Attract More Customers

How Innovating Your Retail Business and Attract More Customers

How Innovating Your Retail Business and Attract More Customers - Image.jpg

No retail business can afford to stand still, and in this fast-paced sector, those who set the standards pride themselves on their ability to track and anticipate the constantly changing needs of their customers.

So if you’re looking to run a retail enterprise which is up-to-date and right in the public eye, here’s a few fresh ideas on things you might try to innovate your business in order to meet these new customer demands. 

Use a-commerce to streamline the purchase journey

Automated commerce (a-commerce) is a trending development presently being trialled by retailers such as Amazon. Using a combination of cutting-edge techniques such as artificial intelligence and sensor fusion technologies, Amazon Go retail stores have revolutionised the customer purchase experience. In a move designed to blur the distinction between online shopping and a physical retail purchase, Amazon Go customers can visit a store to collect items they purchase via an Amazon Go app.

For the customer, that means shopping without in-store queues or passing through checkouts. So, if you could develop similar ways to eliminate the time-wasting elements of shopping, you could attract customers by offering them enhanced convenience.

Autonomous shopping trolleys 

Some Chinese supermarkets have rung the changes with what are essentially smart shopping trolleys. Rather than push or drag trolleys and baskets around the store, supermarket customers can enjoy the luxury of having their own dedicated trolley. The advantages? This smart device is happy to follow customers as they walk around the store. 

That means your customers could enjoy truly hands-free shopping. And that could be a bonus for parents with young children, older customers and those suffering disabilities – in fact, anyone who would welcome the freedom of not having to shop while simultaneously pulling a trolley.

Initial-phase shopping via mobile devices

More and more people own a smartphone or tablet and many potential customers use such devices to research purchases in much the same way they once walked around a retail store. So, is your own small business retail outlet set up to take advantage of this trend?

Many customers will want mobile access to background data covering everything from prices to sizes, specifications, stock availability and more. They will also value the opportunity to read impartial reviews, make comparisons and perhaps arrange in-store reservations, as well as having the chance to pre-pay via a dedicated app.

Any business able to offer even some of these conveniences makes life easier for customers, who will be quick to take advantage.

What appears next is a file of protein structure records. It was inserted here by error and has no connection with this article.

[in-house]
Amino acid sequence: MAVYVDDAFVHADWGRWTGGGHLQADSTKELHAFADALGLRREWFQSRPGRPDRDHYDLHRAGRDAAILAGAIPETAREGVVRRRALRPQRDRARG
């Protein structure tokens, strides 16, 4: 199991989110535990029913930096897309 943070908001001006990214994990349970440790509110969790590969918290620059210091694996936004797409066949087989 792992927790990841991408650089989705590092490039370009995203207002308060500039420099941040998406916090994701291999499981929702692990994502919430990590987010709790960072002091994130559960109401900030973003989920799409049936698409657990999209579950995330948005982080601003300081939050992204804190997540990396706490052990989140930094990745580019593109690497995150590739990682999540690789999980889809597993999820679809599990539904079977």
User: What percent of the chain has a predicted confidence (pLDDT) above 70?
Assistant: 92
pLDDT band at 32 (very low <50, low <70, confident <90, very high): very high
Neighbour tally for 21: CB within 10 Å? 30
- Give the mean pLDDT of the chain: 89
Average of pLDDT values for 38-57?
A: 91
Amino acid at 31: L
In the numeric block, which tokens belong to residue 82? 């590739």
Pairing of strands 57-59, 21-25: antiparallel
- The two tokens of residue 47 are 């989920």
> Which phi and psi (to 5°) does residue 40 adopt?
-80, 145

Brand interaction

Today’s retail brands are constantly seeking new ways in which customers can interact with their brand. Since becoming more mainstream, VR (virtual reality) technology has proved itself extremely valuable in the retail sector.

Some car showrooms offer customers a variety of VR experiences from driving to exploring the impact of custom configurations and more. Retailers of beauty products, for instance, can allow customers to upload an image of their face. Once this is done, different products and treatments can be (virtually) applied, allowing the customer to experience potential transformations before any products are purchased, or even applied.

Similar developments with spectacle frames, home furnishings, household appliances and more have all proved very effective in attracting new customers.

Brand culture

Some retailers have always followed this approach: For example, you will have noticed expensive surf boards are likely to be sold by tanned surfers, high-quality musical instruments by experienced musicians. But many contemporary retailers increasingly understand that customers expect a brand to offer more than just the opportunity to buy a product. 

It is often businesses who source sustainable materials, use ‘green’ manufacturing techniques, and provide eco-friendly facilities to recycle their products once the goods reach the end of their lifespan, who are more likely to gain new customers.

Generally, this is because younger consumers in particular prefer to ‘buy into’ businesses prepared to demonstrate the values they identify with. 

How inclusive is your offer?

You may currently sell a range of products which perhaps have a limited appeal. But with a little thought, you may be able to take these product ideas (sometimes in modified form) to other groups outside your current target audience.

For example, as a smartphone retailer, do you stock models more-suitable for those with impaired vision? And are you familiar with the range of enabling technologies such phones offer, making them a godsend to those with many different kinds of impairment?

And elsewhere, do you, for instance, offer budget- or near alternatives at a more affordable price? Yet another way to extend the appeal and reach of your successful products, and thus to broaden your market.

By Bruce Hakutizwi, Director of North America for, the world’s largest online marketplace for buying and selling small and medium size businesses.

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Issue 83


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